Efficiency is a key limb of the Electricity Authority’s statutory objective and efficient investment in generating plant is of interest. We track trends in the installed distributed generation (connected to local networks, not the grid) for many types of generation and fuel sources. Distributors are responsible for populating the registry with the information we use to do this.
Investors choose to invest in generating plant for a range of reasons. Recently there has been a lot of discussion about and interest in the economics of household generation, and how the economics might look relative to the underlying distribution and wholesale energy pricing that gets wrapped into retail plans.
The uptake in investment in solar generation in the residential market segment (now over 10,000 connections) provides a robust dataset to look at some of these trends. We can gain insights by looking at the timing of new generation investment and the capacity of these new investments. This may provide a useful view of how residential investors are responding to existing price signals in the market at the time of investment or perhaps expectations of future changes.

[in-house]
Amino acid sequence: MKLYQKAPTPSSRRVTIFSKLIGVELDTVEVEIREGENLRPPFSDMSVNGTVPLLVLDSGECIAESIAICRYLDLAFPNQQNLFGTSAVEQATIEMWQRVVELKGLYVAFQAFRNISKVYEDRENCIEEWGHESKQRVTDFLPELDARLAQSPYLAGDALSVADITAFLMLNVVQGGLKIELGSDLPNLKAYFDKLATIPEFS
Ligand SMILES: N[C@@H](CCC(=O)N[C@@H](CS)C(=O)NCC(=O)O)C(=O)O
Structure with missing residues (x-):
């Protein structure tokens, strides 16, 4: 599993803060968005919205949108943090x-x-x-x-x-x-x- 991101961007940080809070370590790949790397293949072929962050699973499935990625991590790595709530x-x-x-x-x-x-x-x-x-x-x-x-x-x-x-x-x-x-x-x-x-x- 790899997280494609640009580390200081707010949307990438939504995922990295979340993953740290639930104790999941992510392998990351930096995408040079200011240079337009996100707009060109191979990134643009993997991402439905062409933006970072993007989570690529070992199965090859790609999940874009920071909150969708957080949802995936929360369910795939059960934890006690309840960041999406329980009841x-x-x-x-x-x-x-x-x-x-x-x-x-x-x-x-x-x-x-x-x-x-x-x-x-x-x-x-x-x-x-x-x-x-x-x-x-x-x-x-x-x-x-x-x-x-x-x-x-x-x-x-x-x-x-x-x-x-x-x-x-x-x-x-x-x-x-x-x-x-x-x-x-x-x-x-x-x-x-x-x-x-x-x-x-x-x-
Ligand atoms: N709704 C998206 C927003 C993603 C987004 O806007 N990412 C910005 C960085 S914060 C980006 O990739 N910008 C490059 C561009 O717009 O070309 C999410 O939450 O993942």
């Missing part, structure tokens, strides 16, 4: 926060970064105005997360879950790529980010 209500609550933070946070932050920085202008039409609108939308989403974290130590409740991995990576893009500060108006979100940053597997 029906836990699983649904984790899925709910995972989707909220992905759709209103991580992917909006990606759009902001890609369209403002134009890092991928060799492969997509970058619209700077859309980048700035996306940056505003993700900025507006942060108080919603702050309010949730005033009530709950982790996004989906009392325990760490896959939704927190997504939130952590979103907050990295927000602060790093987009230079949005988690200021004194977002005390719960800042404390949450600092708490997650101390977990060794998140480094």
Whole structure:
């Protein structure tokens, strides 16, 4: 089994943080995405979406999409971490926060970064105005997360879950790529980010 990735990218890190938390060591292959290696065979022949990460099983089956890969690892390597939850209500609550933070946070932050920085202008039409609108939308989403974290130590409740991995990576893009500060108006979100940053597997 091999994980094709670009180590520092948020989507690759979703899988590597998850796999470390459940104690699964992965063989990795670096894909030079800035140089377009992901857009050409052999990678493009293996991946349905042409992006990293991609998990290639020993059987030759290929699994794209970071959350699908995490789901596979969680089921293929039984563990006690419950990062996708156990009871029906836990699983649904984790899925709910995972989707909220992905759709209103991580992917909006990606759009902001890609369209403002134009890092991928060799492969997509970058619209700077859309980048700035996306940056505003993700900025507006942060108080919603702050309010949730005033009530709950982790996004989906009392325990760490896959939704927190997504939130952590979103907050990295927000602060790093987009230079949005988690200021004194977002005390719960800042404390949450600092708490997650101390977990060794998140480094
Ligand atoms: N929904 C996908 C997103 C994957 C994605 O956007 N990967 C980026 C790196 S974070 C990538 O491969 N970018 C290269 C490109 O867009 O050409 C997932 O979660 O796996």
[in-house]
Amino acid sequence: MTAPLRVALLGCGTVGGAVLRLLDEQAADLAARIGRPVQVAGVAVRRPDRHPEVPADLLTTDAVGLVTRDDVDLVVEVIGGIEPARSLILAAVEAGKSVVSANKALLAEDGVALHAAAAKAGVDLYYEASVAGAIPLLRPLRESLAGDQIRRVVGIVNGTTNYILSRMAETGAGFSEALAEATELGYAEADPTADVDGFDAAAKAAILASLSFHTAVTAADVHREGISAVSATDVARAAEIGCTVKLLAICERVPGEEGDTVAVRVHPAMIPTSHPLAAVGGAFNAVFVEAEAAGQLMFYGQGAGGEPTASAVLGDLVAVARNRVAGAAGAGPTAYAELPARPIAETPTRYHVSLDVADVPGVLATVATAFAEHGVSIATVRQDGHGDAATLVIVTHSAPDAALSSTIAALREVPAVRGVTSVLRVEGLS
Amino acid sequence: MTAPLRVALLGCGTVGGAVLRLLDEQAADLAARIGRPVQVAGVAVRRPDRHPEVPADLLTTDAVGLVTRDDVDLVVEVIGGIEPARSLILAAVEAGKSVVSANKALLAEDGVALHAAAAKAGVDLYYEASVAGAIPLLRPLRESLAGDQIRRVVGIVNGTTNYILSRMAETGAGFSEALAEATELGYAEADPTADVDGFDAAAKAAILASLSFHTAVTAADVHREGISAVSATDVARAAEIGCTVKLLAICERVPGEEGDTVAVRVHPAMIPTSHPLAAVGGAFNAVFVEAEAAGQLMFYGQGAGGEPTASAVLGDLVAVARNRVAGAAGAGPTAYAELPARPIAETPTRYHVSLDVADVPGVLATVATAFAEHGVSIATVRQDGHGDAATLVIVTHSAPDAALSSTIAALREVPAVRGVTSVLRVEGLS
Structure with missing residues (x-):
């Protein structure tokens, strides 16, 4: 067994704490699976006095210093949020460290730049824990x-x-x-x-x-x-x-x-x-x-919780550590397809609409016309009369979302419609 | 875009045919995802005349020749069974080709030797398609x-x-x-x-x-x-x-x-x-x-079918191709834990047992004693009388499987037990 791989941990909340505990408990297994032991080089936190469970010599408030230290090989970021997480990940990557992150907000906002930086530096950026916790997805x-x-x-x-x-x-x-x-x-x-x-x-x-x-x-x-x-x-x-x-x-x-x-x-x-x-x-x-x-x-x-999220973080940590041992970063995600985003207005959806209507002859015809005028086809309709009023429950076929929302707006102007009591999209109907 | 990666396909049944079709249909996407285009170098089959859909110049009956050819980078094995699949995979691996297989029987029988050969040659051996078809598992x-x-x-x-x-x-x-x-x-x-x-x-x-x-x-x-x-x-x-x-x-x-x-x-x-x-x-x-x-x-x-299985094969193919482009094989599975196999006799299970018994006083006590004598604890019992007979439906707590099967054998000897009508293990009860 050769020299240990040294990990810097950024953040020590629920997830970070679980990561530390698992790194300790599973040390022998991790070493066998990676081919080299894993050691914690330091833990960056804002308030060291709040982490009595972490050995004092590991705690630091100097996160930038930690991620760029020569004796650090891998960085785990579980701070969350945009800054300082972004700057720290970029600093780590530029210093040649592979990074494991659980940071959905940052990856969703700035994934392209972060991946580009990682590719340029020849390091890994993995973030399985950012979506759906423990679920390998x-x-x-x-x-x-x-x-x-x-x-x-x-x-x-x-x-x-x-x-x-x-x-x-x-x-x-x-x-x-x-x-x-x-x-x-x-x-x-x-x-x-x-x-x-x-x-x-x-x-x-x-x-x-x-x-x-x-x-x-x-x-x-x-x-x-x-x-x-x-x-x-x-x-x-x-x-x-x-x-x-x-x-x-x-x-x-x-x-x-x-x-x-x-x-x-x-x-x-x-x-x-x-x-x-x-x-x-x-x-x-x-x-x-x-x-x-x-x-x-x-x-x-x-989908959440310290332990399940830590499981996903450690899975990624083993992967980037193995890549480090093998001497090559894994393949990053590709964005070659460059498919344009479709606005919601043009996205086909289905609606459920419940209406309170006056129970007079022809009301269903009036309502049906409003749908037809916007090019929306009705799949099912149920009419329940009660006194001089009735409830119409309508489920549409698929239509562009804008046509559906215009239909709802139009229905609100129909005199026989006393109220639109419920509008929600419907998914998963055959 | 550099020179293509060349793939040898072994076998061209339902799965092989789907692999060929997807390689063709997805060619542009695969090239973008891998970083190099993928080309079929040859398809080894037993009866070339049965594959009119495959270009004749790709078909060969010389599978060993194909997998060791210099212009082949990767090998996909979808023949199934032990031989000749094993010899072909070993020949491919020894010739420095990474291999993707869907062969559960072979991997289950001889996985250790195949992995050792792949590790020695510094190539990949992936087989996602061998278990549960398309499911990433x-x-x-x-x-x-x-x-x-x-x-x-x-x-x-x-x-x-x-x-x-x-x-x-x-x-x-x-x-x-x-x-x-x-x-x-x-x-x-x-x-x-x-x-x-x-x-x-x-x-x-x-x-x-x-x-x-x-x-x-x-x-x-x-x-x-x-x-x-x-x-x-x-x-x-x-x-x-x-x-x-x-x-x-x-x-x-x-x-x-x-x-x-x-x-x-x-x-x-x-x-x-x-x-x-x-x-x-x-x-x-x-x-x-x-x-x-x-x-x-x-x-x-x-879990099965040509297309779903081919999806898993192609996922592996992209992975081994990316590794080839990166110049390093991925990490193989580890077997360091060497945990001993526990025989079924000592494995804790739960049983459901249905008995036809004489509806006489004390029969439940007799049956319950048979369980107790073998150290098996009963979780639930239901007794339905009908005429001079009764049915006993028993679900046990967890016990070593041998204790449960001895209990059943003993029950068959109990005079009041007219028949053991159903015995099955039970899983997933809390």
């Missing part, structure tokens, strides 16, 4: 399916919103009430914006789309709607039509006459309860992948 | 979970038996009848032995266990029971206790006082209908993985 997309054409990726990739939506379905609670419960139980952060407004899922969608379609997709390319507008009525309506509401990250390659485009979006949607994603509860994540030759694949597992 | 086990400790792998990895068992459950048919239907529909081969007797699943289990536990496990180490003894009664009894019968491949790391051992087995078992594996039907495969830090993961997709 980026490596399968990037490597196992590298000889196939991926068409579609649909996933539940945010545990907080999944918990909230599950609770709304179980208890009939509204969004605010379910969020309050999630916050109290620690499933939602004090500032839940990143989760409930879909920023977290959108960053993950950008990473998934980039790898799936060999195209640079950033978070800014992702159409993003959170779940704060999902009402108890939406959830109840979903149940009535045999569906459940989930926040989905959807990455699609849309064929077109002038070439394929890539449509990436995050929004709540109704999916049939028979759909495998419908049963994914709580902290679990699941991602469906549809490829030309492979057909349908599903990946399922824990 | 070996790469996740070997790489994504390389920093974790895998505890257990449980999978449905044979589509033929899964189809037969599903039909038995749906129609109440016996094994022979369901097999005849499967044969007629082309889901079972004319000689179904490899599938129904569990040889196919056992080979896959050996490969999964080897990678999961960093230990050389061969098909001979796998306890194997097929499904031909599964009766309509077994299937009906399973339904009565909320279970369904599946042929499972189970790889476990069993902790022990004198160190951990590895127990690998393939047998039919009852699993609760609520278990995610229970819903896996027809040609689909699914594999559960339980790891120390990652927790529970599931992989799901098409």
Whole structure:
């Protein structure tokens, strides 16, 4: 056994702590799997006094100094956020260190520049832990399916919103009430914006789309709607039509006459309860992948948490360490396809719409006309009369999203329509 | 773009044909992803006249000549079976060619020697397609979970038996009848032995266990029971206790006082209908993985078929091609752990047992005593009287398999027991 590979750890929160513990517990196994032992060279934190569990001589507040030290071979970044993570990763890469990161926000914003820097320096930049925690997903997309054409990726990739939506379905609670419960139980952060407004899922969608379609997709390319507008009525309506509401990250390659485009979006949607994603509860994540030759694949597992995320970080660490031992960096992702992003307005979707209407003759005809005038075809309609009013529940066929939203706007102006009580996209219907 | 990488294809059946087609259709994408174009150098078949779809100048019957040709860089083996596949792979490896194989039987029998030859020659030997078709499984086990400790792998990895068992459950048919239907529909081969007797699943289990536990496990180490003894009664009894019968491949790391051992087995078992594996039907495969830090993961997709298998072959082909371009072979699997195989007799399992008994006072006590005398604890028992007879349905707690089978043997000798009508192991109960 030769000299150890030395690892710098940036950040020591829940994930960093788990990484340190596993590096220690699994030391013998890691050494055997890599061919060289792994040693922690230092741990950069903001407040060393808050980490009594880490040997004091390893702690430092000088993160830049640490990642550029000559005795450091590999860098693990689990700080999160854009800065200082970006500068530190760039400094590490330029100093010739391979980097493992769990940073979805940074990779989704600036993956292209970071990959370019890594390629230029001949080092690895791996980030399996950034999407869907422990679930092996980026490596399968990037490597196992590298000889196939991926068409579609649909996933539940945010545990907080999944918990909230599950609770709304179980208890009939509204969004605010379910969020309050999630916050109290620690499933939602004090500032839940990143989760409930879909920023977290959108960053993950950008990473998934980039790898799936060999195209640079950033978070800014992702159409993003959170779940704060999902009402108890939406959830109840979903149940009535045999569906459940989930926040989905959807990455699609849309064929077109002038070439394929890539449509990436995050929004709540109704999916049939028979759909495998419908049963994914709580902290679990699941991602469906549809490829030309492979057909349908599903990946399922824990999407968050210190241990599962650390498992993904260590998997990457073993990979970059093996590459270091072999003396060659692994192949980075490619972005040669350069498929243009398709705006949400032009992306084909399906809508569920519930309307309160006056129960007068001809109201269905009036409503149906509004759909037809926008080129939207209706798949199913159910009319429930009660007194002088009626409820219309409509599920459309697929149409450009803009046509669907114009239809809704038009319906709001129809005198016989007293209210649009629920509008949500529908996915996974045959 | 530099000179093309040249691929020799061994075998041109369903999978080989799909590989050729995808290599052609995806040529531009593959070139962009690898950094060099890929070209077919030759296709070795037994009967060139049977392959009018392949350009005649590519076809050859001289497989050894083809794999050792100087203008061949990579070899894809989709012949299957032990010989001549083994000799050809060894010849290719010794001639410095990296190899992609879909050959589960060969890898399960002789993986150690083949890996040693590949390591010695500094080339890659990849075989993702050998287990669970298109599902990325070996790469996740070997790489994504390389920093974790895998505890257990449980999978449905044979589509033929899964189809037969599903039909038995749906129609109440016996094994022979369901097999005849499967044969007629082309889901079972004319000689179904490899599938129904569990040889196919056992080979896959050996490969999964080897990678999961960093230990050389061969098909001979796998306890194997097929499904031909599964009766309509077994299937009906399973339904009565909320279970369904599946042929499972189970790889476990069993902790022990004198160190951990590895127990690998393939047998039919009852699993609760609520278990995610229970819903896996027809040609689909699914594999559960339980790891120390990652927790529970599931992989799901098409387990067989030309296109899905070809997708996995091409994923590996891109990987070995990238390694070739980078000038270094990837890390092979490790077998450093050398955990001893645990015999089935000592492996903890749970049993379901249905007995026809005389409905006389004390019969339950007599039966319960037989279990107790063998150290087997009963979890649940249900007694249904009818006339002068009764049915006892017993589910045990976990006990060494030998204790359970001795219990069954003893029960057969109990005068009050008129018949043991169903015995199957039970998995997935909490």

In terms of solar photovoltaic generation we have observed residential investors responding to changes in the price signals they face – these include but are not restricted to:
- the reduction in the price of solar panels and inverters,
- historical increases in retail pricing, and
- the 25 cents/kWh buy back rate for the first 5 kWh exported each day that was offered by Meridian Energy until December 2014.
Here are a couple of examples focused on small solar connections that show some interesting insights:
- The residential (< 10 kW) average new installation size has decreased from 3.722 kW in August 2014 to 3.221 kW in July 2016. Does this suggest residential investors are focusing on self-consumption rather than selling excess back to the market?
Average size of new residential PV installs by month
- South Island residential investors (< 10 kW) on average invest in an array 300 Watts larger than their North Island counterparts. (South Island residential consumers consume more electricity than their North Island counterparts and perhaps get fewer sunshine hours?)
Average size of residential PV installations
Observing changes in investments in response to changing market conditions provides valuable insights into economic efficiency and investor preferences.